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Geneologies of Discrimination

Meena Radhakrishna

Edited by Aloka Parasher-Sen
Oxford University Press, New Delhi, 2004, pp. 448, Rs. 695.00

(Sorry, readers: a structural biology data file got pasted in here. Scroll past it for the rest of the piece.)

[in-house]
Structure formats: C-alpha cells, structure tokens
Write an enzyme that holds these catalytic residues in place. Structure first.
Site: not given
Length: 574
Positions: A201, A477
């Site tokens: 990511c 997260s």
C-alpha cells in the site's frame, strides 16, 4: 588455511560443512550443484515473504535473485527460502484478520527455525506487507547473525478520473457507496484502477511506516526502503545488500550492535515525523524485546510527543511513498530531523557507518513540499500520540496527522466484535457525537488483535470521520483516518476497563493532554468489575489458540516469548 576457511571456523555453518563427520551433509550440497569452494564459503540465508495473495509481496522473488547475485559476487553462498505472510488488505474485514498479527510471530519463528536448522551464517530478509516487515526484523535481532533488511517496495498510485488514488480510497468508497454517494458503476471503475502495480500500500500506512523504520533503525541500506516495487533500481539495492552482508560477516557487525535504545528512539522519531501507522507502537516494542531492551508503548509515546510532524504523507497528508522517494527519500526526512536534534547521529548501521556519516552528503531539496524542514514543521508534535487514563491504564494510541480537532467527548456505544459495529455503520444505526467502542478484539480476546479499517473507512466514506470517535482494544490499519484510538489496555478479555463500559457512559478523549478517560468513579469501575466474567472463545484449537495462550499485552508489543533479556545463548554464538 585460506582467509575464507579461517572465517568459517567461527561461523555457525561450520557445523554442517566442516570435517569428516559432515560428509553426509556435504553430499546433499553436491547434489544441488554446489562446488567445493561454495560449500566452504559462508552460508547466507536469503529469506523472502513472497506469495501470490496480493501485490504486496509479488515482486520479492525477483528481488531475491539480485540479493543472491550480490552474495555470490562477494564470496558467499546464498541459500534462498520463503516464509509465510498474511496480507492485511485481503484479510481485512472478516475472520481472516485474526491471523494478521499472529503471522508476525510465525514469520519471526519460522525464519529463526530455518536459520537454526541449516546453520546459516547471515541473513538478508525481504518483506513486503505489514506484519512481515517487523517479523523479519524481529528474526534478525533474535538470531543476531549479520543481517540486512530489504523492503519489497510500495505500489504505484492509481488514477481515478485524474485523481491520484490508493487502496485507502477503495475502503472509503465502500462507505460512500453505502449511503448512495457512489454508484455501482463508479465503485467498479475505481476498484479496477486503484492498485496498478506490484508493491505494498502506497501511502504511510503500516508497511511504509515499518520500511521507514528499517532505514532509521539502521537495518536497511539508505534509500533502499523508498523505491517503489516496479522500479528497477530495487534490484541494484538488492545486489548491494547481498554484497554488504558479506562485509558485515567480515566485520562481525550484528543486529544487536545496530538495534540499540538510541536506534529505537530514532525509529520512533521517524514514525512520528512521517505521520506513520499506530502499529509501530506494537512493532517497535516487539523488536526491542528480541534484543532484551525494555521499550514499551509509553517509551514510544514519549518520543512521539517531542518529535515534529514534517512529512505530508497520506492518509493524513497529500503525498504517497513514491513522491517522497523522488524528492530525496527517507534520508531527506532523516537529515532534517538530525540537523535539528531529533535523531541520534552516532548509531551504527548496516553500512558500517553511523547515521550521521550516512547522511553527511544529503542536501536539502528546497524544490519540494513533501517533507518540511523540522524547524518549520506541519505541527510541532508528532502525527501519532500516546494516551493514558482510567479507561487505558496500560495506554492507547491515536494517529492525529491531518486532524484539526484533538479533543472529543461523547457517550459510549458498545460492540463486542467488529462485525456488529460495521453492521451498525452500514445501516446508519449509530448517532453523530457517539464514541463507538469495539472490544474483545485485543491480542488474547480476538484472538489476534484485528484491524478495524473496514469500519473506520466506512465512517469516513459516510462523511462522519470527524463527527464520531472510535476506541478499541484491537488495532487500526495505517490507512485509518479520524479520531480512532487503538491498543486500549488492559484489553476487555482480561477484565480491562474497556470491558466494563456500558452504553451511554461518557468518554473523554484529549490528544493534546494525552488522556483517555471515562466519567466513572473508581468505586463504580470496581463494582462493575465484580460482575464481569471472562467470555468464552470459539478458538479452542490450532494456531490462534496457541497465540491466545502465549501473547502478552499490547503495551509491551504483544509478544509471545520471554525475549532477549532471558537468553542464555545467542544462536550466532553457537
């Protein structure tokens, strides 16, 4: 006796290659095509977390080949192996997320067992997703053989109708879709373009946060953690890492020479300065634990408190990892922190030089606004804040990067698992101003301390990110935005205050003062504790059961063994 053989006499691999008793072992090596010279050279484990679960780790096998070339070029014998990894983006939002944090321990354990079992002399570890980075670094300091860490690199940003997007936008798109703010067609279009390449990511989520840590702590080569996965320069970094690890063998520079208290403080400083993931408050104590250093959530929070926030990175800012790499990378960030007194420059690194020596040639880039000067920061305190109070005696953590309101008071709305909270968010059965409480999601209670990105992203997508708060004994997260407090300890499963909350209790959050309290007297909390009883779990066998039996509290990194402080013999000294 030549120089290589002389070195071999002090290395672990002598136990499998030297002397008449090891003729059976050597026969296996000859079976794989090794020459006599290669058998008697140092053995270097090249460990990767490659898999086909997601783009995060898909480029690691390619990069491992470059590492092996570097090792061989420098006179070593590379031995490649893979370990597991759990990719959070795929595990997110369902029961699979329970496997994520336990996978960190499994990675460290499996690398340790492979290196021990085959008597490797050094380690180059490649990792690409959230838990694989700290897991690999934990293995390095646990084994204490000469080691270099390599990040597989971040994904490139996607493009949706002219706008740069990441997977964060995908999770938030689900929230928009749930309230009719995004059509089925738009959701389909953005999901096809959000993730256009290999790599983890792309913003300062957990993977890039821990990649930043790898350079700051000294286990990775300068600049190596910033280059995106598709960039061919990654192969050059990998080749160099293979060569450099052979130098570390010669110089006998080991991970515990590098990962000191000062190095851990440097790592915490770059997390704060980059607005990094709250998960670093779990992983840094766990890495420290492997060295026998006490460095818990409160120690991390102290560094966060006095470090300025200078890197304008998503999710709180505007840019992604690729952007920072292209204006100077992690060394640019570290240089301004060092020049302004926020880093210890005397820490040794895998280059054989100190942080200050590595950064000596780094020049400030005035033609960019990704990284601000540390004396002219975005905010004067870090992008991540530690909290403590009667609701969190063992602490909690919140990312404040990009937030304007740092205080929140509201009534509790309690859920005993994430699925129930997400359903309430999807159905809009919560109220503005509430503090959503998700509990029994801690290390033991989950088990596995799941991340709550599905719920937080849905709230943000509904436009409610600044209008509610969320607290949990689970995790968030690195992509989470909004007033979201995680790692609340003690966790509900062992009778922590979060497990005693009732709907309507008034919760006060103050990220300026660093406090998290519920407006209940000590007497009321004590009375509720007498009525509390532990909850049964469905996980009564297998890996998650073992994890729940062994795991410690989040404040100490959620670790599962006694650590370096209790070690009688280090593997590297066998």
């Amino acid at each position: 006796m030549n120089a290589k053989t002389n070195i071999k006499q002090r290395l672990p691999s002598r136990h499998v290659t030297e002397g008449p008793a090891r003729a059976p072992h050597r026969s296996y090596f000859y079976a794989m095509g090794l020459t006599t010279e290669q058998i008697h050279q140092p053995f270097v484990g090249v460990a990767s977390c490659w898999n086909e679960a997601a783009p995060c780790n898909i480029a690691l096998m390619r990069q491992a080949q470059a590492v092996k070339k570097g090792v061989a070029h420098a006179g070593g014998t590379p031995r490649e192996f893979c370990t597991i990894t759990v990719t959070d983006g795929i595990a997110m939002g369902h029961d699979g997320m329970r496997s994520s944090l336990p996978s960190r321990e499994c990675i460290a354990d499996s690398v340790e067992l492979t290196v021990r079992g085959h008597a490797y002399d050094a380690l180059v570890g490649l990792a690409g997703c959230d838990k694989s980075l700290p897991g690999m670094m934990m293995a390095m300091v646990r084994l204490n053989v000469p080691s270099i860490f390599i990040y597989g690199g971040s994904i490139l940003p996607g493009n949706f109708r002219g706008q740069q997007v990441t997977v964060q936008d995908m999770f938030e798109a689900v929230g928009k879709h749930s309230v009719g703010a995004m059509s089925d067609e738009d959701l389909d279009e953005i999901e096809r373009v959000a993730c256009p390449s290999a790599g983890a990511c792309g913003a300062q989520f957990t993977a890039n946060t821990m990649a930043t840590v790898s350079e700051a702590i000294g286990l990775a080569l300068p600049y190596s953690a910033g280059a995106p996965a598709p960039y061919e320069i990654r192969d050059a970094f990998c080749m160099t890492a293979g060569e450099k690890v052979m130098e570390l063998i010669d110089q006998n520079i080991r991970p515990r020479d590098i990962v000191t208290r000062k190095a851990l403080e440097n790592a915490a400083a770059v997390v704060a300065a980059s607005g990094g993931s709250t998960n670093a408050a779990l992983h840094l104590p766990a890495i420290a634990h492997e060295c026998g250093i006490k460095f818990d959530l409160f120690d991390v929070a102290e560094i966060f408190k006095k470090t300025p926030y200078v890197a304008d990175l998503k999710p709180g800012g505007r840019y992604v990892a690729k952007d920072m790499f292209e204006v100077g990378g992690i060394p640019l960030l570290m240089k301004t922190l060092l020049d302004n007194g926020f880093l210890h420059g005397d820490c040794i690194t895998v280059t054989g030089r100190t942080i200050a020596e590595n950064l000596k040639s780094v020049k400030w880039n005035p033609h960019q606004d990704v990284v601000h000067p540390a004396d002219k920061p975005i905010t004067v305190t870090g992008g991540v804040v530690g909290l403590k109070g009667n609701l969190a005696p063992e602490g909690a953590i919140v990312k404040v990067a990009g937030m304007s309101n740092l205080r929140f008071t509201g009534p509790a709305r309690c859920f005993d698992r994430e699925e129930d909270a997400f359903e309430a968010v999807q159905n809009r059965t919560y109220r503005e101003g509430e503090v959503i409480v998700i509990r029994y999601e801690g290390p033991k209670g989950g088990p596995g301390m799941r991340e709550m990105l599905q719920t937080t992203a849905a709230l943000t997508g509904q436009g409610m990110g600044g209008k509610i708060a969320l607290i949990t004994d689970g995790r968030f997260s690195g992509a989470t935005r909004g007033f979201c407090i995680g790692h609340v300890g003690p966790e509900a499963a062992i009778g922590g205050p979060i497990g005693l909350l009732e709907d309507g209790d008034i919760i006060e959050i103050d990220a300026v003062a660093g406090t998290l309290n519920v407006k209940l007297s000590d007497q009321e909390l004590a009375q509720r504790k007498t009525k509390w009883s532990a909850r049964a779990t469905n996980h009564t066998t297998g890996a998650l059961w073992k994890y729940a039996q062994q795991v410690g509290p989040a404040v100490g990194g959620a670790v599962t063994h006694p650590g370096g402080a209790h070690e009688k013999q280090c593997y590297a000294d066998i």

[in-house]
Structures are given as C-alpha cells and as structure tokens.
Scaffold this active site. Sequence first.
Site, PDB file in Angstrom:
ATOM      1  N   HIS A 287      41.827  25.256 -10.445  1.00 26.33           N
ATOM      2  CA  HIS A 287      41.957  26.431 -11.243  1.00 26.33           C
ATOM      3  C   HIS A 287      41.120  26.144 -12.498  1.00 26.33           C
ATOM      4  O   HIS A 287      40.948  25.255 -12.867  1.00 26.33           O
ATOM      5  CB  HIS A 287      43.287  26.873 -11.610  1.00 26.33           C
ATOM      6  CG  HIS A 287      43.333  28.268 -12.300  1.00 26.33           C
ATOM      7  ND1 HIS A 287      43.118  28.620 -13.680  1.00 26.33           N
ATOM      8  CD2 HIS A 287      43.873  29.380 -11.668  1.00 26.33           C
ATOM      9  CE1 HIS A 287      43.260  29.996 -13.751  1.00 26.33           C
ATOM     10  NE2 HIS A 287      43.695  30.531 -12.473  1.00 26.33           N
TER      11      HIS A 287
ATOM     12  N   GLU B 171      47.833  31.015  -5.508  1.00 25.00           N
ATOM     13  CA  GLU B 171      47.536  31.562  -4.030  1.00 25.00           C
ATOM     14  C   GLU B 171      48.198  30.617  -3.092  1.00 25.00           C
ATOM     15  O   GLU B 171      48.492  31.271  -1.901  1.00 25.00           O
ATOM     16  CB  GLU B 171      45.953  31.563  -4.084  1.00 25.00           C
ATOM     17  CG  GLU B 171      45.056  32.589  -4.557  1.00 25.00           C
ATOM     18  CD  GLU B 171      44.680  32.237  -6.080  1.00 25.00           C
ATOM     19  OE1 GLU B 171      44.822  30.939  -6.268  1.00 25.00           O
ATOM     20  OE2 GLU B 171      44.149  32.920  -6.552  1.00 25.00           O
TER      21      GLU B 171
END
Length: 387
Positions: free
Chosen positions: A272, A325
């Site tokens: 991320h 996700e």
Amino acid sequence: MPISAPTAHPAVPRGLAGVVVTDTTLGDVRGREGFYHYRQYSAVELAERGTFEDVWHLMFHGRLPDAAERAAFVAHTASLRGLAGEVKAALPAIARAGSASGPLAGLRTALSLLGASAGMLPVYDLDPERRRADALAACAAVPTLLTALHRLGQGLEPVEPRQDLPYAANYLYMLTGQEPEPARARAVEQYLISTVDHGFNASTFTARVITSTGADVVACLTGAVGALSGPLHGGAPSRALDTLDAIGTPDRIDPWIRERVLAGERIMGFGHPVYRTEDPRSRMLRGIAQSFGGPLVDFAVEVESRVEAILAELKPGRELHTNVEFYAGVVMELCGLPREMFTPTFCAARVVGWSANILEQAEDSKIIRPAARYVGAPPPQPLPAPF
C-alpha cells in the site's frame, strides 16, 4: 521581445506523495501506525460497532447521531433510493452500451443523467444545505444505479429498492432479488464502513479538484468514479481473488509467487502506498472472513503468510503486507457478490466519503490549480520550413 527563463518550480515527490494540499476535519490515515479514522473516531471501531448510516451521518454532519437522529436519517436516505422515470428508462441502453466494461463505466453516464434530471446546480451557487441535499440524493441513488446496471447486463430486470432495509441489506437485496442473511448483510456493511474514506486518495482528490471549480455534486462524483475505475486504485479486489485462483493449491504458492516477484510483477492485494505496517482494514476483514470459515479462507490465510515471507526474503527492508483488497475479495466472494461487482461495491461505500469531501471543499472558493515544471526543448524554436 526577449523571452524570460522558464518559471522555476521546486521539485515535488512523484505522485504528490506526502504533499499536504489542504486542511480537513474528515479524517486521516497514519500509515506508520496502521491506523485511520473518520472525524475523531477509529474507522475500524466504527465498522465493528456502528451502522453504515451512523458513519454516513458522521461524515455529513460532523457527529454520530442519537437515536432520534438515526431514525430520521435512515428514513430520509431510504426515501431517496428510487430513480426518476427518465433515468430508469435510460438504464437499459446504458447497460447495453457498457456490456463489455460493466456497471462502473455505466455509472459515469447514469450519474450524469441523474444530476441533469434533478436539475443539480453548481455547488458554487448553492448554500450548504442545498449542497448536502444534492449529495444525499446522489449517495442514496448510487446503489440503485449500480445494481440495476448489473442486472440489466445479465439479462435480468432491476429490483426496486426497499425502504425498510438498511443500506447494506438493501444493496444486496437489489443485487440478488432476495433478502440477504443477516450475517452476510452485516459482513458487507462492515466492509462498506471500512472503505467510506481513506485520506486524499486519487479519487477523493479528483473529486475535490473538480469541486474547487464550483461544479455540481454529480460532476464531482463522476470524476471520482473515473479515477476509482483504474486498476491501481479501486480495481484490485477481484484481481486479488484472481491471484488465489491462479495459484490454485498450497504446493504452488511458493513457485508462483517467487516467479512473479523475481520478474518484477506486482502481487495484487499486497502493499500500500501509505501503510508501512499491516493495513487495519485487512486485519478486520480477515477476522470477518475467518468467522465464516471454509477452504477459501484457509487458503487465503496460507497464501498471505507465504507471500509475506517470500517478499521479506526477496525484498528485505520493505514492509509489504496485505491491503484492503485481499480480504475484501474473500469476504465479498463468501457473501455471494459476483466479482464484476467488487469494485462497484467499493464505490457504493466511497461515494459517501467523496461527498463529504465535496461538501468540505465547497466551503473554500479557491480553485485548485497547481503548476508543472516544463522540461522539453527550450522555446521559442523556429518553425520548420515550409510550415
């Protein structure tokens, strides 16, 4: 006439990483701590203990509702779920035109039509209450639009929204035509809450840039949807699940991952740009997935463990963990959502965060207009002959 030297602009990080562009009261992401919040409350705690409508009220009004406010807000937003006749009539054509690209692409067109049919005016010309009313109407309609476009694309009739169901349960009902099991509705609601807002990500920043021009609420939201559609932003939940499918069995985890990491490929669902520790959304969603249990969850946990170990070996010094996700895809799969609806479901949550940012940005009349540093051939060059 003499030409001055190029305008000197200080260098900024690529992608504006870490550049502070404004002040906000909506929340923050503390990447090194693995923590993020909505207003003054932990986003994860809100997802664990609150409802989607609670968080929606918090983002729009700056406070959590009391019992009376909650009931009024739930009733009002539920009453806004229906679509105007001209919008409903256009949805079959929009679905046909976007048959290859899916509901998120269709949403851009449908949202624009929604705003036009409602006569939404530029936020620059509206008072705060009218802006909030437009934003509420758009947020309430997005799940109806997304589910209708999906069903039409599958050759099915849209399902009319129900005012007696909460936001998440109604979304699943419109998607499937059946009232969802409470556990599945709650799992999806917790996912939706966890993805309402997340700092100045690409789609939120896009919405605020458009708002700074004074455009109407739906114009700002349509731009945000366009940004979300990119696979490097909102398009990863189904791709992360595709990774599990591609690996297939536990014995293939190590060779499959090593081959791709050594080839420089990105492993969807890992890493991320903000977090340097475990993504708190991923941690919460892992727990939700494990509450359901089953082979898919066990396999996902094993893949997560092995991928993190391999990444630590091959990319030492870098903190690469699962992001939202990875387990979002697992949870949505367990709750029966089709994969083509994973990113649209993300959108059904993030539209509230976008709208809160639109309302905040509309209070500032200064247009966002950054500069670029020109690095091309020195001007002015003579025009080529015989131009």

In recent years, the scholarship on dalit issues as much as dalit struggles on the ground have brought to the forefront the issue of discrimination in Indian society, both historical and contemporary. The book under review is a valuable exploration of several major strands in the genealogy of discrimination. It brings together eleven essays, written over the last few decades, on the issue of subordination, exclusion, and marginalization of disparate social groups in India before 1500 AD.   Using a variety of primary and secondary sources, the essays manage to build a nuanced picture of evolution over the centuries of complex social categories in India. The book is divided into two parts: Subordinate Groups and Marginal Groups. While the first part primarily explores the hierarchy of caste structures, the second tries to grapple with high caste responses to so called foreigners, tribes, and Muslims.   What emerges is a multifarious and fascinating picture : the sheer diversity of social groups which sometimes got categorized under a single nomenclature—‘untouchable’, ‘tribe’, ‘Hindu’ or ‘Muslim’; the process of integration of subordinate groups into mainstream (brahmanical) society over a period of time inspite of their ritual exclusion; and the often contradictory representations of the everchanging ‘other’ in a variety of texts. Furthermore, groups which were perceived to be ‘alien’ by the brahmanical sections are shown to have been locked into an ambivalent relationship of simultaneous exclusion and inclusion.   Dev Raj Chanana’s essay on slavery in ancient India draws on varied sources like early Buddhist texts, the Ramayana, the Mahabharata and the Arthashastra; among other facts, it has some startling information proving existence of slavery in the Buddhist monastries. He also shows that according to the Arthashastra, a slave did not necessarily belong to a particular varna, and ‘members in different stations of life, caste and class were also denoted by the term dasa or dasi’. It appears that there was no ritual impurity attached to such slaves, which is an interesting repudiation of the later brahmanical conflation of the dasa status with sudras and untouchability. Vivekanand Jha’s study brings home the fact that the notion of pollution grew historically during different periods, and was a result of steady incorporation of new groups into the category of an untouchable.   There are other interesting studies. From K.R. Hanumanthan, we get to know important details about the origin and evolution of untouchability, and from Richard Fick the ...

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